In radical contrast with this prevailing Western secular attitude towards the material world that engulfs us today, the Orthodox Church offers very clear and to-the-point answers to the questions about the nature of the material world. It vigorously proclaims that the material world is good, (a) because God created it, and (b) because He incarnated in it. Yes, when mankind fell, all the material world also fell. However, Orthodoxy insists that while the physical world is fallen and tarnished, it can be and must be restored to its original beauty, along with humanity’s restoration. In other words, just as the material world participated in the fall, so likewise it participates in salvation. Therefore, we can affirm the Incarnation by protecting, preserving and transfiguring the material world, and we can manifest the goodness of the material world by working to restore it to its original beauty, as God created it.

That the physical world participates in our salvation is not some new, innovative idea — it is completely biblical and has always been an essential part of Orthodox theology. This is clear, for example, in Romans chapter 8, especially in verses 19-23, where St. Paul tells us that creation eagerly waits for the redemption of the body, and that all creation groans with us humans, waiting to be delivered from corruption. Therefore, we see that the Bible affirms that our salvation is intimately tied together with the rest of the created world. Consequently, our own salvation is dependent upon how we treat the created world — our bodies, other people, animals and all of nature: do we treat life with respect and reverence, protecting it from harm? Or do we treat the material world as an expendable commodity, to be used, subjugated, exploited and disposed of for our own profit, pleasure and convenience? Orthodoxy clearly affirms the former, while the prevailing Western consumer, secular, profit-driven society around us affirms the latter. This Orthodox view of the material world is also clearly shown in authentic Orthodox icons, where the material bodies of the saints, as well as the world of nature, are all shown as participating in the transfigured and resurrected state of the Kingdom of God. The transfiguration of the material world is an indispensable component of the Orthodox Faith and is an essential part of our own salvation. In other words, to put it bluntly, we cannot be saved apart from the rest of the created world. We are a part of the created material world, and if we destroy other living things in the natural world, we destroy ourselves (which we are very busy doing).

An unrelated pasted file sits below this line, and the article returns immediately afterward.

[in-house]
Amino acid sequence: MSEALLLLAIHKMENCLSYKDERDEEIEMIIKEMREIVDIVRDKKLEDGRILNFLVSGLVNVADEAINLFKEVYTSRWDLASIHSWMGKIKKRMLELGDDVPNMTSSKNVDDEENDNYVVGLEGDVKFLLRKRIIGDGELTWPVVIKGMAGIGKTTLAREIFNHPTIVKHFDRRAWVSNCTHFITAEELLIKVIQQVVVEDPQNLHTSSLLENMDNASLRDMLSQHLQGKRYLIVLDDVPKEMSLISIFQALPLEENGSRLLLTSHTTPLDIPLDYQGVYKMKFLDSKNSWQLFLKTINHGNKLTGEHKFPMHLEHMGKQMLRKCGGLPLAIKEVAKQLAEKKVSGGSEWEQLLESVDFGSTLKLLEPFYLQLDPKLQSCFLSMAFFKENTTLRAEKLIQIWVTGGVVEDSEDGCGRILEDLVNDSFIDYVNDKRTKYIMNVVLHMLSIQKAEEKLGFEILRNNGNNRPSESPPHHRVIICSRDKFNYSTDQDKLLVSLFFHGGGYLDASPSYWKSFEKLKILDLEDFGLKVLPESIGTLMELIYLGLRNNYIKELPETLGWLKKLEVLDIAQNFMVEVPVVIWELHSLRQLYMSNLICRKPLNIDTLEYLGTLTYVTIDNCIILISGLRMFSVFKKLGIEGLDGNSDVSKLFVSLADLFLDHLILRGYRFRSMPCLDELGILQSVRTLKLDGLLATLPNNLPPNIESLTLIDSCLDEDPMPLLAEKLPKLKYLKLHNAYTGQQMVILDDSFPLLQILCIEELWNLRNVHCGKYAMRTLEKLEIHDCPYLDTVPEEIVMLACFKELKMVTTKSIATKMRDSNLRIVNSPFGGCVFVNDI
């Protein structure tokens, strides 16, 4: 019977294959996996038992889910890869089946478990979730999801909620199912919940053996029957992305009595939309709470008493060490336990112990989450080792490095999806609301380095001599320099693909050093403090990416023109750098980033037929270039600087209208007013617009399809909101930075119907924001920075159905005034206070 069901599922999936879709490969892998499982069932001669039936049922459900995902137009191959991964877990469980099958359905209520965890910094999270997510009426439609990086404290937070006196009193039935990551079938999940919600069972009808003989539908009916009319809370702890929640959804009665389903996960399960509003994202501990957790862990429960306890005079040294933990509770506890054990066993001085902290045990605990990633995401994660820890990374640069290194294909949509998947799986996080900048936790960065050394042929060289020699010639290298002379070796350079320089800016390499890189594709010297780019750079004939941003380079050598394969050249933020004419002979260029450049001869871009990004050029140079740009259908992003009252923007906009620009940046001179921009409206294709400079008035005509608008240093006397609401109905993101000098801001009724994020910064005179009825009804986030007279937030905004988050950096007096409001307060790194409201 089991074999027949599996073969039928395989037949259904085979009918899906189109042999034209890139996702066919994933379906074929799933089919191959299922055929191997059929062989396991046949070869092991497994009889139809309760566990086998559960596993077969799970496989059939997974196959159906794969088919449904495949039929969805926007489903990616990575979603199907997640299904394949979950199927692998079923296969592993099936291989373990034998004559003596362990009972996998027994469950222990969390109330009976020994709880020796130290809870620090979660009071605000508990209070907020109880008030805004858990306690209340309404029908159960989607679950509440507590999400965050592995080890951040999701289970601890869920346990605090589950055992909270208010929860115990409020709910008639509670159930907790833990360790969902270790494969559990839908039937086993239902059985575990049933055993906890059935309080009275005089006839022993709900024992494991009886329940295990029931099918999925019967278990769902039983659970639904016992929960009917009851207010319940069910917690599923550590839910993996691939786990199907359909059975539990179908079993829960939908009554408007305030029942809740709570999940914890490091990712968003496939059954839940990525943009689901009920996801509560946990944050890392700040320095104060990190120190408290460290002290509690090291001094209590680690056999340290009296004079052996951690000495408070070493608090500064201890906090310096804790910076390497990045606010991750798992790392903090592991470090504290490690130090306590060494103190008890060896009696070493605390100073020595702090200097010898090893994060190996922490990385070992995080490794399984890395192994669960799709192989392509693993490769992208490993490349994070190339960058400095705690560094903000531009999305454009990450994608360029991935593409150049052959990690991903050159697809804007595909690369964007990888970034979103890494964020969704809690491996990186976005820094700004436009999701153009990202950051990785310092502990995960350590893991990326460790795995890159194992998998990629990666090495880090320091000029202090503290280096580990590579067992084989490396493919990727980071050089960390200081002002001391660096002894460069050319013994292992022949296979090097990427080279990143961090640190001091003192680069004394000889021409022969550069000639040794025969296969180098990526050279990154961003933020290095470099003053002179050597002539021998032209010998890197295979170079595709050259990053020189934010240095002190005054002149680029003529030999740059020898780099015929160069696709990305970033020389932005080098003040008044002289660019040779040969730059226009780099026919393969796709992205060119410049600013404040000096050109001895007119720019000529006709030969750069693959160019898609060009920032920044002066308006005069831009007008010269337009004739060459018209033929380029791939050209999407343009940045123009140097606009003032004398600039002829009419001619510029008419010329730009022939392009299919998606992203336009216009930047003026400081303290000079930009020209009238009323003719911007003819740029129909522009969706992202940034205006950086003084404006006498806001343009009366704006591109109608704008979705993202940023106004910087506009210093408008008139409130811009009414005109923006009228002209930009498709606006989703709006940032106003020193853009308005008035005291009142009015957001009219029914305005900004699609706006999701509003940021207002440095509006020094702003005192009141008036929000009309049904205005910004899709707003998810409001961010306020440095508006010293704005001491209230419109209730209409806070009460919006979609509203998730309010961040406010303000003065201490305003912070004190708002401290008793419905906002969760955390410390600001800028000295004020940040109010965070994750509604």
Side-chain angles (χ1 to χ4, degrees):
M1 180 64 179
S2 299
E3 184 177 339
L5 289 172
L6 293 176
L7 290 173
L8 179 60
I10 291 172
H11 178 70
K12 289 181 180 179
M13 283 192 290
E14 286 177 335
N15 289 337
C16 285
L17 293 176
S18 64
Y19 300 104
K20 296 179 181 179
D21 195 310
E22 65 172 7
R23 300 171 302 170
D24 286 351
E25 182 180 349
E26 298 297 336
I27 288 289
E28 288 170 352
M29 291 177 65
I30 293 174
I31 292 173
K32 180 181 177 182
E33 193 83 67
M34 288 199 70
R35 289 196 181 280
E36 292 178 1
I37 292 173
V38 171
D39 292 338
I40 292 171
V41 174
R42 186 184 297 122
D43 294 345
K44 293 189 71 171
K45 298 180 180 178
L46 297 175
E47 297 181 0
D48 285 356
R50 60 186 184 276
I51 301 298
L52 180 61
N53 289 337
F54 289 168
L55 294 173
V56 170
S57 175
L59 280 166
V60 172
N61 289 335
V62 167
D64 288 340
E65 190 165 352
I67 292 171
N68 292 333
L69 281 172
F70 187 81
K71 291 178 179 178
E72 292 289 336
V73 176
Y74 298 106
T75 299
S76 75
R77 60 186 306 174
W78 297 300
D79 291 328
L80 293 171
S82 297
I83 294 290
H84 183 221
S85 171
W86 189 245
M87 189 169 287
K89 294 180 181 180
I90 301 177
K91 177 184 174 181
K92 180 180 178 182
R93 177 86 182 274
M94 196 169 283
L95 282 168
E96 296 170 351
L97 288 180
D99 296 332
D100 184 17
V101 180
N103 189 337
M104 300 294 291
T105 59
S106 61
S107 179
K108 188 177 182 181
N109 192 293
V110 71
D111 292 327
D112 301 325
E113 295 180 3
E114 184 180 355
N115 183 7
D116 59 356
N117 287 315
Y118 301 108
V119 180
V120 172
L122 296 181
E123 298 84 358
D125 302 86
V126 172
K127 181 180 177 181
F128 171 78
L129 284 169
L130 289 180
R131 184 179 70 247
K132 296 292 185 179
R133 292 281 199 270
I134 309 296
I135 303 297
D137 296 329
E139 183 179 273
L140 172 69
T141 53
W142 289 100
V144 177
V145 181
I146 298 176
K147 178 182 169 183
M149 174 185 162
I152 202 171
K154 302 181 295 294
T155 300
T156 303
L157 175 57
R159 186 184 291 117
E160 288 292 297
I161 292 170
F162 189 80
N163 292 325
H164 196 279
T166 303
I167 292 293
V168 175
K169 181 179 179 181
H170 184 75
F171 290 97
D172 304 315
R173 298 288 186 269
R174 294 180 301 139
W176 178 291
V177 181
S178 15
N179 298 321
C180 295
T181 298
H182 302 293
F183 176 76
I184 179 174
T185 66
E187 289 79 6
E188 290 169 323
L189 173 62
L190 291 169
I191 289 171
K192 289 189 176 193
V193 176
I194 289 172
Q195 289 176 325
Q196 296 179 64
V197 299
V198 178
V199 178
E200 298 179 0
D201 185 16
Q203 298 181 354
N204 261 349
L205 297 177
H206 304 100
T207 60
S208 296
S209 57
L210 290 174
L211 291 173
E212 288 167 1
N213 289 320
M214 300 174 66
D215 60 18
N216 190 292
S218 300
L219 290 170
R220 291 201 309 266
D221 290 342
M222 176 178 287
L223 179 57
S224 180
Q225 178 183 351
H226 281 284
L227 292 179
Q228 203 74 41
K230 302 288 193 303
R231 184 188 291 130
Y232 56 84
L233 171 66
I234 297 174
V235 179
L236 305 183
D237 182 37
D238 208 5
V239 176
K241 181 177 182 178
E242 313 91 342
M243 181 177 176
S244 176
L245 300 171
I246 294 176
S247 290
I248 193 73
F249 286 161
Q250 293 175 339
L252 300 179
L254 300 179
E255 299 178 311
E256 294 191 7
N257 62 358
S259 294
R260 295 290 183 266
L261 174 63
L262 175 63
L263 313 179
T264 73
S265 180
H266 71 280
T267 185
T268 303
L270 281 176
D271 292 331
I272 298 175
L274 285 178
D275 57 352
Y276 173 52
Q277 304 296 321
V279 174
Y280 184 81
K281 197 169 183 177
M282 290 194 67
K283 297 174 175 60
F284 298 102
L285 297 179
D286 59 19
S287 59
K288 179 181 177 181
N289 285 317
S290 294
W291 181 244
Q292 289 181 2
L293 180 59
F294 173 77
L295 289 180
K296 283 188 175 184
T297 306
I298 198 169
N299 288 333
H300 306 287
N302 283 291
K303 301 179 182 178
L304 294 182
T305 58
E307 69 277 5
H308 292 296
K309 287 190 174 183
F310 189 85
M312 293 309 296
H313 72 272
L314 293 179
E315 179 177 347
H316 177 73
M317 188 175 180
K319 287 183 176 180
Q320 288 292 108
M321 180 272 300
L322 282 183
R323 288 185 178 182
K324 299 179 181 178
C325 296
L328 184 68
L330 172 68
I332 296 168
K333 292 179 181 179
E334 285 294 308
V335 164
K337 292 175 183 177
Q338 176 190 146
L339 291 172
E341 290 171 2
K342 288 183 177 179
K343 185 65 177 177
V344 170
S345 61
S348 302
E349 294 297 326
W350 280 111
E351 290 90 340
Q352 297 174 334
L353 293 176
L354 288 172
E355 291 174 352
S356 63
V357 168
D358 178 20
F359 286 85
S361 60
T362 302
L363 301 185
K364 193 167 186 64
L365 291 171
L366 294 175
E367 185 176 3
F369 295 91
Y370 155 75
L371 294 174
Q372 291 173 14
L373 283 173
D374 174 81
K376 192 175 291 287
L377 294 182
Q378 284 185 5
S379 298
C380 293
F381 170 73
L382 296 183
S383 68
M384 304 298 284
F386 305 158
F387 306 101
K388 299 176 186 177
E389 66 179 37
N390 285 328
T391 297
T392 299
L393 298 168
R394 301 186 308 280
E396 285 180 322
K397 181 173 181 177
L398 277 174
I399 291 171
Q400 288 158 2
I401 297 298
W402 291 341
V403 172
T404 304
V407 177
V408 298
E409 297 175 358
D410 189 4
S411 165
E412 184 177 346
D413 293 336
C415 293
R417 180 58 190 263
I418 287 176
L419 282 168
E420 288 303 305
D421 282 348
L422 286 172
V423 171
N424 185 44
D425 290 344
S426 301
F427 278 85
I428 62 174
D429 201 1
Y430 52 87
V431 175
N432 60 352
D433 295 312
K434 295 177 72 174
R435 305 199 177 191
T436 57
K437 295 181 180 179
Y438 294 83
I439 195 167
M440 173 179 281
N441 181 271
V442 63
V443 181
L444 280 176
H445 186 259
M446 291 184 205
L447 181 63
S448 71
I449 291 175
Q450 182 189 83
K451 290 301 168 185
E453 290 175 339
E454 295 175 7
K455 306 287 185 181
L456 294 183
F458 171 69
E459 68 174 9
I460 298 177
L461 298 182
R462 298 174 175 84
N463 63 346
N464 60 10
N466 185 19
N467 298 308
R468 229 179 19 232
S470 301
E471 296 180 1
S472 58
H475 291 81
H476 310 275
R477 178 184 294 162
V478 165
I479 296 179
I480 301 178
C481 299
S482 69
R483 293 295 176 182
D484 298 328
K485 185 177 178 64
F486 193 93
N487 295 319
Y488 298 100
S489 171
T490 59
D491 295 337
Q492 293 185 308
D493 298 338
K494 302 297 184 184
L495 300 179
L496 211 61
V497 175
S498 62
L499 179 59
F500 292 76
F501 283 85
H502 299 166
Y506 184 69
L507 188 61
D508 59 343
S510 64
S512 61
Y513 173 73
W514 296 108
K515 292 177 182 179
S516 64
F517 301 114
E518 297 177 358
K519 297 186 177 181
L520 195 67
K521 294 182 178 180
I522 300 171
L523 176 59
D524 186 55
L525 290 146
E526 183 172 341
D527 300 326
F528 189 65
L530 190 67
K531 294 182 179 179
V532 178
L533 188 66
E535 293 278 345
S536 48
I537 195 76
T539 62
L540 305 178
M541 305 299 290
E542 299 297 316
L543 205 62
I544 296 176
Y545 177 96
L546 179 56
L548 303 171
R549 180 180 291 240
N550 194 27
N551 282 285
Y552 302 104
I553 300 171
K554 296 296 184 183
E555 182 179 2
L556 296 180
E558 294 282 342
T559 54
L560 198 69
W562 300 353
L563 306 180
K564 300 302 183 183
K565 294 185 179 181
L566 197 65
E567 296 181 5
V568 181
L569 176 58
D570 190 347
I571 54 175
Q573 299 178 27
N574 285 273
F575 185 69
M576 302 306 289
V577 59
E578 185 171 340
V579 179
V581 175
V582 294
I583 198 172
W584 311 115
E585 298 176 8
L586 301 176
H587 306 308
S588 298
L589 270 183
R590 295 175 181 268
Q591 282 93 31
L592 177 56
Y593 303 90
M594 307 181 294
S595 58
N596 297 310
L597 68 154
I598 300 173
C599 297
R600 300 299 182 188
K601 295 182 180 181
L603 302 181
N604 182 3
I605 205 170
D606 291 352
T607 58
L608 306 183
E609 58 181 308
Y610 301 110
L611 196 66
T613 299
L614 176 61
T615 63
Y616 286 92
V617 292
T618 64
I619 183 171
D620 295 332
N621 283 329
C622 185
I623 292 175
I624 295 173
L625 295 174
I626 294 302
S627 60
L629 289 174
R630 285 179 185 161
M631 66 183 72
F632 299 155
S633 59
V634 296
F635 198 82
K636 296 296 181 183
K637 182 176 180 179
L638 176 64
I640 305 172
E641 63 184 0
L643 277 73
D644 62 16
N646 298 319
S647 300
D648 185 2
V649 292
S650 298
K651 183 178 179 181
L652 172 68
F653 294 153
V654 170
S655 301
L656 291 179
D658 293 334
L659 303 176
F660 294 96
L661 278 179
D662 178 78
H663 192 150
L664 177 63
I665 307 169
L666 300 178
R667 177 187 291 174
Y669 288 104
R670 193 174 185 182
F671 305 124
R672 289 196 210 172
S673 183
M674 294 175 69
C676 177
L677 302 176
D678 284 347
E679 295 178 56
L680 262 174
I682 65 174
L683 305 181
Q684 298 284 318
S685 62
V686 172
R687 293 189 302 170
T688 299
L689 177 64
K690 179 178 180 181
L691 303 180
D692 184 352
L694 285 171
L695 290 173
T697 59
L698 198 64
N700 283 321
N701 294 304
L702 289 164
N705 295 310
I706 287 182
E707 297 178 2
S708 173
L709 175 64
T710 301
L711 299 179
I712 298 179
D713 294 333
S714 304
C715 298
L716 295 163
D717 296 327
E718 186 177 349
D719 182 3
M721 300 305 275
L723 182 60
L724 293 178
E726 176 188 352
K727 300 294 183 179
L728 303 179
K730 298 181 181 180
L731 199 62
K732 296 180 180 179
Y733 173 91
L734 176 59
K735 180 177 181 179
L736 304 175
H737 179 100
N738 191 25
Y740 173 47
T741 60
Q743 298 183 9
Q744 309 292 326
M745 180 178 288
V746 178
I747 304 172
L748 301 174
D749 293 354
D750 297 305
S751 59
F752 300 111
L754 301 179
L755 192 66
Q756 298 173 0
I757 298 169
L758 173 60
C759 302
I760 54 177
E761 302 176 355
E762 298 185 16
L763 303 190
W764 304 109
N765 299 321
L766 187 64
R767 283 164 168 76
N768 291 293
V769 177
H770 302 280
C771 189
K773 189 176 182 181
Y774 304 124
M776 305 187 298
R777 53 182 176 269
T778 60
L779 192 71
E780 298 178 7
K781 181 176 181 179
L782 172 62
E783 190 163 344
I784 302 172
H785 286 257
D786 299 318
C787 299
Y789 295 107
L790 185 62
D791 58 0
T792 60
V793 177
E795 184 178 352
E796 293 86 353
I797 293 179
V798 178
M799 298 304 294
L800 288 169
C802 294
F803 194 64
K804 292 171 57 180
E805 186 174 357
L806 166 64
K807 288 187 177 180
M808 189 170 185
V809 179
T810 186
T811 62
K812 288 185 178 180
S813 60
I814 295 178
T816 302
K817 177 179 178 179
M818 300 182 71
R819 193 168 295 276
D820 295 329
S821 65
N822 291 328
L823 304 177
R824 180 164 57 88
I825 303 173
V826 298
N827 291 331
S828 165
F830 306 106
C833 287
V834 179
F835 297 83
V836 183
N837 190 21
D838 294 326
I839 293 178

As we have seen, the Orthodox view of the material world offers a radical alternative to the prevailing Western secular view that surrounds us — the secular view that endorses acting towards the created world in exploitative and abusive ways, using it for self-centered motives, self-aggrandizement, pleasure and profit, in contrast with the Orthodox view of treating life and the material world with respect and reverence, protecting it from harm, and recognizing that the material world participates in deification and salvation. This distinctive Eastern Christian view obviously is in sharp contrast with the Western view.